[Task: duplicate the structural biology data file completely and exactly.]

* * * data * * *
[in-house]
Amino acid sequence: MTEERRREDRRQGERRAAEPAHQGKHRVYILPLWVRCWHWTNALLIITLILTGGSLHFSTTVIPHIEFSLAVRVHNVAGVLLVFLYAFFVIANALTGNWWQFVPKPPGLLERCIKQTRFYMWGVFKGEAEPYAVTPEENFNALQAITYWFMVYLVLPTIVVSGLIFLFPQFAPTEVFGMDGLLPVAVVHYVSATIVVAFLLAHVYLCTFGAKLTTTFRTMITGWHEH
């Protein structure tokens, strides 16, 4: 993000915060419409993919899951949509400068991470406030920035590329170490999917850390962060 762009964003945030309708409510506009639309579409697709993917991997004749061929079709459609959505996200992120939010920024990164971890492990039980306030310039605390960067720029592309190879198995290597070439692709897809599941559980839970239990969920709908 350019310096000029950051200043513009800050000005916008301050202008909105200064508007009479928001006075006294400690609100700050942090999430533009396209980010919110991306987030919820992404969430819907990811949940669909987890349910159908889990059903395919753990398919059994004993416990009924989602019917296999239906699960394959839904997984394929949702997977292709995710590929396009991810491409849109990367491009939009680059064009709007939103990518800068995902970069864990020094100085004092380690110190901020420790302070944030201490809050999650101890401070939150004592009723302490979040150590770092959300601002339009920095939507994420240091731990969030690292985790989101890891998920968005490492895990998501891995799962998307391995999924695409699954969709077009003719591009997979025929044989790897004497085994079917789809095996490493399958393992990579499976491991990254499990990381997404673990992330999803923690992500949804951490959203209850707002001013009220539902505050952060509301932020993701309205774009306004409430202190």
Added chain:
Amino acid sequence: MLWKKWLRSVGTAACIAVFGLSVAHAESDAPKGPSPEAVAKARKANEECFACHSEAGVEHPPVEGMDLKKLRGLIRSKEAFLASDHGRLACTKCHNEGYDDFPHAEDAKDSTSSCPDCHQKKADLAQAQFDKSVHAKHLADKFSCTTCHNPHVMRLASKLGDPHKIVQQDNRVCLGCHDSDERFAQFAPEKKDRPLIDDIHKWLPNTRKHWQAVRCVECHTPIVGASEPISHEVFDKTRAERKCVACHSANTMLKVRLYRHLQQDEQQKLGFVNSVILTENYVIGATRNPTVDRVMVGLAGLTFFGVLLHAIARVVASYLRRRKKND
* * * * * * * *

[in-house]
Amino acid sequence: MTEERRREDRRQGERRAAEPAHQGKHRVYILPLWVRCWHWTNALLIITLILTGGSLHFSTTVIPHIEFSLAVRVHNVAGVLLVFLYAFFVIANALTGNWWQFVPKPPGLLERCIKQTRFYMWGVFKGEAEPYAVTPEENFNALQAITYWFMVYLVLPTIVVSGLIFLFPQFAPTEVFGMDGLLPVAVVHYVSATIVVAFLLAHVYLCTFGAKLTTTFRTMITGWHEH
């Protein structure tokens, strides 16, 4: 993000915060419409993919899951949509400068991470406030920035590329170490999917850390962060 762009964003945030309708409510506009639309579409697709993917991997004749061929079709459609959505996200992120939010920024990164971890492990039980306030310039605390960067720029592309190879198995290597070439692709897809599941559980839970239990969920709908 350019310096000029950051200043513009800050000005916008301050202008909105200064508007009479928001006075006294400690609100700050942090999430533009396209980010919110991306987030919820992404969430819907990811949940669909987890349910159908889990059903395919753990398919059994004993416990009924989602019917296999239906699960394959839904997984394929949702997977292709995710590929396009991810491409849109990367491009939009680059064009709007939103990518800068995902970069864990020094100085004092380690110190901020420790302070944030201490809050999650101890401070939150004592009723302490979040150590770092959300601002339009920095939507994420240091731990969030690292985790989101890891998920968005490492895990998501891995799962998307391995999924695409699954969709077009003719591009997979025929044989790897004497085994079917789809095996490493399958393992990579499976491991990254499990990381997404673990992330999803923690992500949804951490959203209850707002001013009220539902505050952060509301932020993701309205774009306004409430202190």
Added chain:
Amino acid sequence: MLWKKWLRSVGTAACIAVFGLSVAHAESDAPKGPSPEAVAKARKANEECFACHSEAGVEHPPVEGMDLKKLRGLIRSKEAFLASDHGRLACTKCHNEGYDDFPHAEDAKDSTSSCPDCHQKKADLAQAQFDKSVHAKHLADKFSCTTCHNPHVMRLASKLGDPHKIVQQDNRVCLGCHDSDERFAQFAPEKKDRPLIDDIHKWLPNTRKHWQAVRCVECHTPIVGASEPISHEVFDKTRAERKCVACHSANTMLKVRLYRHLQQDEQQKLGFVNSVILTENYVIGATRNPTVDRVMVGLAGLTFFGVLLHAIARVVASYLRRRKKND